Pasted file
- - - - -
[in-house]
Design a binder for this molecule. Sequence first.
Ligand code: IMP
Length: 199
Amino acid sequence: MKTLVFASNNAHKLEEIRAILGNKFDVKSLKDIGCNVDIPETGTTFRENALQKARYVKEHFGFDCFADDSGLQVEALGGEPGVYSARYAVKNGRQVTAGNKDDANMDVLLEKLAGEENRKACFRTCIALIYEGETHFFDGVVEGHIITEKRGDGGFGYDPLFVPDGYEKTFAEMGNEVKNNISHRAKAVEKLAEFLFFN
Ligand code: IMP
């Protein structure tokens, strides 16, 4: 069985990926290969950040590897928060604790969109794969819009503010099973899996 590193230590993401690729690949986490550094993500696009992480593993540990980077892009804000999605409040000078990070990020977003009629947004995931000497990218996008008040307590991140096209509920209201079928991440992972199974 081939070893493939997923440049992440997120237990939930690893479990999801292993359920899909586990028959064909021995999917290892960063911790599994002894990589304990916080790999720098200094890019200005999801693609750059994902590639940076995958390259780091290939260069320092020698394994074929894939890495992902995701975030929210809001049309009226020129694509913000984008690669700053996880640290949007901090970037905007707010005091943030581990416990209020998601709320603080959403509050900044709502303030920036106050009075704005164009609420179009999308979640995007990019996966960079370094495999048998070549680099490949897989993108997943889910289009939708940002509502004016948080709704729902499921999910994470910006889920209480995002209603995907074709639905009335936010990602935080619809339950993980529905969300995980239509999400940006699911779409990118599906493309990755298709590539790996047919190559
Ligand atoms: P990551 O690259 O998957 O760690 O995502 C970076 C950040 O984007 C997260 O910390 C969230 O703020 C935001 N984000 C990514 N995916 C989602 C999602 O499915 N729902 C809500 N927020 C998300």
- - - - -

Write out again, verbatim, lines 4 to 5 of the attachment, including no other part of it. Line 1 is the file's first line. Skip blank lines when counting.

Length: 199
Amino acid sequence: MKTLVFASNNAHKLEEIRAILGNKFDVKSLKDIGCNVDIPETGTTFRENALQKARYVKEHFGFDCFADDSGLQVEALGGEPGVYSARYAVKNGRQVTAGNKDDANMDVLLEKLAGEENRKACFRTCIALIYEGETHFFDGVVEGHIITEKRGDGGFGYDPLFVPDGYEKTFAEMGNEVKNNISHRAKAVEKLAEFLFFN